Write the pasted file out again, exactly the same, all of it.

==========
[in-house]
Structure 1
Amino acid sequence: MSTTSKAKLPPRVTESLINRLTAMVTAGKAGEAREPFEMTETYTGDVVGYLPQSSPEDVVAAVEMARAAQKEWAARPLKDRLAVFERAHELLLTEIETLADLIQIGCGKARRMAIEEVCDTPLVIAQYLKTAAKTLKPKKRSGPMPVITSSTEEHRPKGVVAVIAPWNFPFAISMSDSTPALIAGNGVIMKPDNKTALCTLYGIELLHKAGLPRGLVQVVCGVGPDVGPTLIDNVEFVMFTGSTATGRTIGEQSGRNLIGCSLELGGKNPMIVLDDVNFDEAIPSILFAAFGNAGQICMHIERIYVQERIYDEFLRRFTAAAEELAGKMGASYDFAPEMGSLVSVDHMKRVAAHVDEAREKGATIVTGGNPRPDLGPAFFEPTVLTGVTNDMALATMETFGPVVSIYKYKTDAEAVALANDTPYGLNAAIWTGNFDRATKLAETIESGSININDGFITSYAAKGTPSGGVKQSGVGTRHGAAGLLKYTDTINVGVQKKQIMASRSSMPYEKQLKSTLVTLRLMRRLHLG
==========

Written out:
[in-house]
Structure 1
Amino acid sequence: MSTTSKAKLPPRVTESLINRLTAMVTAGKAGEAREPFEMTETYTGDVVGYLPQSSPEDVVAAVEMARAAQKEWAARPLKDRLAVFERAHELLLTEIETLADLIQIGCGKARRMAIEEVCDTPLVIAQYLKTAAKTLKPKKRSGPMPVITSSTEEHRPKGVVAVIAPWNFPFAISMSDSTPALIAGNGVIMKPDNKTALCTLYGIELLHKAGLPRGLVQVVCGVGPDVGPTLIDNVEFVMFTGSTATGRTIGEQSGRNLIGCSLELGGKNPMIVLDDVNFDEAIPSILFAAFGNAGQICMHIERIYVQERIYDEFLRRFTAAAEELAGKMGASYDFAPEMGSLVSVDHMKRVAAHVDEAREKGATIVTGGNPRPDLGPAFFEPTVLTGVTNDMALATMETFGPVVSIYKYKTDAEAVALANDTPYGLNAAIWTGNFDRATKLAETIESGSININDGFITSYAAKGTPSGGVKQSGVGTRHGAAGLLKYTDTINVGVQKKQIMASRSSMPYEKQLKSTLVTLRLMRRLHLG